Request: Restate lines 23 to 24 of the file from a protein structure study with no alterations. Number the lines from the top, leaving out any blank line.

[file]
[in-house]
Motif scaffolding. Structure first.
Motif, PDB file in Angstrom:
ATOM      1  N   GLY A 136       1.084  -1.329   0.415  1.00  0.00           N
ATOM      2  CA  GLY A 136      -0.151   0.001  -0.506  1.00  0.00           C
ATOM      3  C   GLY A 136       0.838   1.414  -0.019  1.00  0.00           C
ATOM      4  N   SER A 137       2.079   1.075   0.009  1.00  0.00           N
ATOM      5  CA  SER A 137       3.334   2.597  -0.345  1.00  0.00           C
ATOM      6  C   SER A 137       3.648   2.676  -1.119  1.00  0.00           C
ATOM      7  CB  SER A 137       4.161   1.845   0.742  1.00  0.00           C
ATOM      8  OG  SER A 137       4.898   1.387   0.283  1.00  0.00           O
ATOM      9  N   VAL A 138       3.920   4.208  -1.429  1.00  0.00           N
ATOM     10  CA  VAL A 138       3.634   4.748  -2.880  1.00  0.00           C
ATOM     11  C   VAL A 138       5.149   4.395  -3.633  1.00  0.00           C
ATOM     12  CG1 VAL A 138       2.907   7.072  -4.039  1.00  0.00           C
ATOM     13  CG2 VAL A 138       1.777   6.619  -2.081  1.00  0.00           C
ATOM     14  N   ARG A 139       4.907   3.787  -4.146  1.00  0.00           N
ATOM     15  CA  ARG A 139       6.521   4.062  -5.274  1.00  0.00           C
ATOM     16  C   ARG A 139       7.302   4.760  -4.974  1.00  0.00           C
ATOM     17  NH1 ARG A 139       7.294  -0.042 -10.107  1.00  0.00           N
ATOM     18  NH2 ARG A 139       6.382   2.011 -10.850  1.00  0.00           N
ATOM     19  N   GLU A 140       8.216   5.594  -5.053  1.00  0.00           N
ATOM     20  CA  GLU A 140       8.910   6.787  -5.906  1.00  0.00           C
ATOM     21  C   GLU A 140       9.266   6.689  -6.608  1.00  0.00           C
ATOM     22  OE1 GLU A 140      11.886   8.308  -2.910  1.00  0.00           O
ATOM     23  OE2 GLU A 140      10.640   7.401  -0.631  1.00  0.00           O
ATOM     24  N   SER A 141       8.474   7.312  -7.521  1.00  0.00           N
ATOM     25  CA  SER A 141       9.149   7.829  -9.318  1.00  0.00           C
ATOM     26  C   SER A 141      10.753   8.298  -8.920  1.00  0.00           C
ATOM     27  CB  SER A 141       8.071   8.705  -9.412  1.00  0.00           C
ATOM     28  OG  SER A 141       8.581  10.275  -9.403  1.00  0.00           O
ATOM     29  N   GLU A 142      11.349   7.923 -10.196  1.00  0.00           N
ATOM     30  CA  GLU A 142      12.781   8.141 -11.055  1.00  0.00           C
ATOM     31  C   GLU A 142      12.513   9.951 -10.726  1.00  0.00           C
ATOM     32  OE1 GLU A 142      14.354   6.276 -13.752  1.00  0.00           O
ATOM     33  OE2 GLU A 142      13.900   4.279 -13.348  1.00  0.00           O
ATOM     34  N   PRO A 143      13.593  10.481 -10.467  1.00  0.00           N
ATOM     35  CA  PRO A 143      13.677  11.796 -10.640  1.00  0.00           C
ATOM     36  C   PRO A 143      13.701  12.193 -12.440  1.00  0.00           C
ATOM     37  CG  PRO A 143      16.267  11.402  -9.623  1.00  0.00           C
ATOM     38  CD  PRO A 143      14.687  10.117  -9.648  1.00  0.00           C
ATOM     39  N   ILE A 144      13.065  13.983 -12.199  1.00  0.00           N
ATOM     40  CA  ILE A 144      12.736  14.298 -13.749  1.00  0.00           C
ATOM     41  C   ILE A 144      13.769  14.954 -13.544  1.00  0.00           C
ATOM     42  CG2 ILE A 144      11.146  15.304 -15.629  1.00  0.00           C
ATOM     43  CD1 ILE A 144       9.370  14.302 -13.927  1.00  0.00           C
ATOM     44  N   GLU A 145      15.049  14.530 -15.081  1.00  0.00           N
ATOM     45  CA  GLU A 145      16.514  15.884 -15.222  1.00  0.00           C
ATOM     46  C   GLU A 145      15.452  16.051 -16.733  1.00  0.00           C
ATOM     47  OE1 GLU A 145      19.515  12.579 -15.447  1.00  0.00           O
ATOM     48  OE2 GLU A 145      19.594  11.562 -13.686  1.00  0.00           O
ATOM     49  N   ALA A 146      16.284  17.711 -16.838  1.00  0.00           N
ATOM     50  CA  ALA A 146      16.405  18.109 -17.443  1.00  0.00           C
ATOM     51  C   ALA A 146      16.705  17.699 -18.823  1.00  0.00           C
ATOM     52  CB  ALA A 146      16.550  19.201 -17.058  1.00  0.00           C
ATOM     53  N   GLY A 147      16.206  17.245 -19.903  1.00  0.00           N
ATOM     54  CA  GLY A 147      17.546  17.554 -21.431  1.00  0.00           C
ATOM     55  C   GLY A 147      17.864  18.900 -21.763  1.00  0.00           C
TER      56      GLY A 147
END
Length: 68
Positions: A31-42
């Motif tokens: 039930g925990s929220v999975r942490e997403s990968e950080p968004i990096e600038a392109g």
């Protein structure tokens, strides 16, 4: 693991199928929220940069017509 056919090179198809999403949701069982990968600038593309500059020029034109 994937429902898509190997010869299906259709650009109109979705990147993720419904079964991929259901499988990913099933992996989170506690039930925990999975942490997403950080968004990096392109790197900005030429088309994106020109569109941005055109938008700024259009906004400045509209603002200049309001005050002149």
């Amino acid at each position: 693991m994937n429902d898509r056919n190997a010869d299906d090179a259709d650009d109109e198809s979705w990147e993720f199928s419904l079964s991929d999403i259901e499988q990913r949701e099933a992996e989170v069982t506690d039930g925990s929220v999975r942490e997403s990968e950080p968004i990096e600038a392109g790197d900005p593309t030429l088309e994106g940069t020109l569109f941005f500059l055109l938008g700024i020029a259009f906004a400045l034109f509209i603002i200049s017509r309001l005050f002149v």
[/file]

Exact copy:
ATOM     20  CA  GLU A 140       8.910   6.787  -5.906  1.00  0.00           C
ATOM     21  C   GLU A 140       9.266   6.689  -6.608  1.00  0.00           C